How to Tell a Story, published by Workman and written and illustrated by Daniel Nayeri and Brian Won respectively, is the beautiful fusion of book and game. Dubbed a storytelling adventure, How to Tell a Story combines a full-color, 144-page book with a collection of 20 six-sided storytelling cubes that allow kids to let their imagination run absolutely buck wild.
The book is essentially an instruction guide, or an outline on how to get started. It covers all the elements of your average story (conflict, characters, plot, and dialogue) in order to get kids to create the exact opposite. It’s a book with a blend of whimsy and attitude, which is apparent right from the jump. Upon turning over the cover, I was greeted with a “Hey, you! Yeah, you with the face. You are holding in your hand a great fantastical machine.” The book is it’s own hype man, and I was immediately hooked. This confidence makes the book feel like a person, a personified object unlike any other set of instructions I have encountered throughout my toy review travels.
The storytelling blocks act as the rungs in kids’ ladders to storytelling greatness. Each side of each cube has a different color background around the image: red, blue, orange, yellow, green, or purple. Each colored background is (loosely) associated with a part of speech. For example, red represents people or animals, blue represents things, orange represents places, and green represents actions. These blocks are basically the keys to unlocking the imaginative minds of those who play How to Tell a Story.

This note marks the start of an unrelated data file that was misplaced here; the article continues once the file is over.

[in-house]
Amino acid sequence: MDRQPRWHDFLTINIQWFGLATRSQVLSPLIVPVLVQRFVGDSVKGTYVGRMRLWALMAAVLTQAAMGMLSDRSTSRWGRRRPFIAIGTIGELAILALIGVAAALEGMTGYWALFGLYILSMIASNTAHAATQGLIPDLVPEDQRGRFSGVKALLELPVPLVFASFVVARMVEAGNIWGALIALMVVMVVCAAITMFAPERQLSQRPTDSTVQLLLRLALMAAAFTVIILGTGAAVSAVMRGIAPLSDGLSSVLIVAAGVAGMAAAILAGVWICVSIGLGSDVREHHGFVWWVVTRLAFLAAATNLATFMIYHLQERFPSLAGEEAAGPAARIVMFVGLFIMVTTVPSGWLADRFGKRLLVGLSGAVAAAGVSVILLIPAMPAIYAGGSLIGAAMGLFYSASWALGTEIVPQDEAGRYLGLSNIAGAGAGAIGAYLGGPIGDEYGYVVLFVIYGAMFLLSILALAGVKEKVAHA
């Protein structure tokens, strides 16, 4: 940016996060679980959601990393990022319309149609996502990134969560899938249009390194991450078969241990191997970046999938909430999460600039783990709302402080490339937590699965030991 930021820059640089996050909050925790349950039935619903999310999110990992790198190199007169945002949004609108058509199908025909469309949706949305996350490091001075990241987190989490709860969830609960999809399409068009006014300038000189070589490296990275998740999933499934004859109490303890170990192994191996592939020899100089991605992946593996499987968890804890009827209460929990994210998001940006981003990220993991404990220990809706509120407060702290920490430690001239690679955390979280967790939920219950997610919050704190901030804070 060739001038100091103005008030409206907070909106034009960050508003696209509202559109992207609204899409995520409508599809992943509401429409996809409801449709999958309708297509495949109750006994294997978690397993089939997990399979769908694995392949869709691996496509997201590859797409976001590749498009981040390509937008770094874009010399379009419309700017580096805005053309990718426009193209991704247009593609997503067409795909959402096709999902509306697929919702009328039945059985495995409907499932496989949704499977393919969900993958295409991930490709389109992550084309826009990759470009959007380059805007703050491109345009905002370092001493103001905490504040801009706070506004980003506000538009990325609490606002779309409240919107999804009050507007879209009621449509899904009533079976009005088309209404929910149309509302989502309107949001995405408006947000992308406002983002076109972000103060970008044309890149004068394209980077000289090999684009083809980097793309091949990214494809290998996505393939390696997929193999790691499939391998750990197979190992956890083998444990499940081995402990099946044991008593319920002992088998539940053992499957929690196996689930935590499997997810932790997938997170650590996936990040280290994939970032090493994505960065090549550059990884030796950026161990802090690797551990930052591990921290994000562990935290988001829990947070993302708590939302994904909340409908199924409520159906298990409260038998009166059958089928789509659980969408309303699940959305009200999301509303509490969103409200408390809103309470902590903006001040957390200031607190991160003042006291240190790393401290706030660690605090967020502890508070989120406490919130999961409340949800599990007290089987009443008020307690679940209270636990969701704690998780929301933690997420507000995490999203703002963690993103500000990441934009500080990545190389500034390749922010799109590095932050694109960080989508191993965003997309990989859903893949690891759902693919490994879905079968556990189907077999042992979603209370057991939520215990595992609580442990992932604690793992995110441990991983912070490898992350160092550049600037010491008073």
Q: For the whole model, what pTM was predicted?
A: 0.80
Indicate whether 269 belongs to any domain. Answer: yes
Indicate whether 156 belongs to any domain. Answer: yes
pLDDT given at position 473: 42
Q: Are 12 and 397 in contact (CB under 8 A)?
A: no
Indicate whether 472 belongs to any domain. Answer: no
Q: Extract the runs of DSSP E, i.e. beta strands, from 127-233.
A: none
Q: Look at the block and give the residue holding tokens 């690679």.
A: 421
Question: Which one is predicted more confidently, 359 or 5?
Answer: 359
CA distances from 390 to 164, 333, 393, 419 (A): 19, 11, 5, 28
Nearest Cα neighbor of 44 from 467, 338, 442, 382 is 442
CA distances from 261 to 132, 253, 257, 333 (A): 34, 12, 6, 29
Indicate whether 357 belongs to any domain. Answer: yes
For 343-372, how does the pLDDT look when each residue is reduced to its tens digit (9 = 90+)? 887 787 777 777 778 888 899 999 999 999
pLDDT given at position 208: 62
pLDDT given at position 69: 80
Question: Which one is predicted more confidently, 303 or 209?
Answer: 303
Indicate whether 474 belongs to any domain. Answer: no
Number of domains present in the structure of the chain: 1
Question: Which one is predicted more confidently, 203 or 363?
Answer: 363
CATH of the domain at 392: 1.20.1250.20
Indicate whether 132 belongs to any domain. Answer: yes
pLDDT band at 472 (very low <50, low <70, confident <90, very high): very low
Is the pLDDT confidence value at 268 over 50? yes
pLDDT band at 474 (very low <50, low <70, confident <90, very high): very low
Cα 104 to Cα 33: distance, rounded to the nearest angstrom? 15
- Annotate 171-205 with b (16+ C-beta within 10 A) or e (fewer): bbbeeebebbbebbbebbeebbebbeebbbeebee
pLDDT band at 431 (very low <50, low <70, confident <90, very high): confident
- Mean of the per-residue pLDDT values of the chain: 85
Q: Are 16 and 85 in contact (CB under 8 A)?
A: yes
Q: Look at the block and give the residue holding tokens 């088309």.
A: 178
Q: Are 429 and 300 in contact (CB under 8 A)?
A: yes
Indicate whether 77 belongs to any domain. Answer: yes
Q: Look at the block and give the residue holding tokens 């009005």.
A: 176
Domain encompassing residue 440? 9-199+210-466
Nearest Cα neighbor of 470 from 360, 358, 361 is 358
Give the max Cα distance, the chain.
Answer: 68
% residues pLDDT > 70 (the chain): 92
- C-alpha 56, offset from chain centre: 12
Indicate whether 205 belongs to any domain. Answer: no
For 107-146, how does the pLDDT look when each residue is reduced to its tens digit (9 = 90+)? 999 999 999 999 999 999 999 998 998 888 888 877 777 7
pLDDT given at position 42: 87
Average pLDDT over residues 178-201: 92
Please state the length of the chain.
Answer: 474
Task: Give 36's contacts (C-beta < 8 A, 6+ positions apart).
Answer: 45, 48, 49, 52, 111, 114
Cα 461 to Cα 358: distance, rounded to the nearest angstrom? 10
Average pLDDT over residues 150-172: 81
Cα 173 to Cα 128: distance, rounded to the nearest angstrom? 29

As kids continue to flip through the pages of Nayeri’s tale, they’ll be prompted to roll a number of blocks and tell a tale of their very own. It could be about a red (person or animal) that just wanted to green (action). Maybe it’s a superhero mouse that yearns to fly in a hot air balloon with a rooster. (The image above will be helpful in understanding all of this.) The possibilities are truly endless and there is magic with every roll. Kids can play with themselves, with friends, or with their family. Using imagination as fuel, there is no limit to the stories that can be created.
For example, page 23 of the book reads: “But then (red circle) met (red circle), who had traveled to (orange triangle) in search of something. After rolling the cubes, kids get to fill in the blanks with things they take away from the illustrations on the corresponding color backgrounds. It’s kind of like mad libs with a twist.
How to Tell a Story is a book. Okay, maybe it’s a game. It’s a book game? It’s a game disguised as a book? Yeah, that’s it. However you slice it, How to Tell a Story not only teaches kids what stories are about, but it inspires them to think creatively and treat it like the art it is.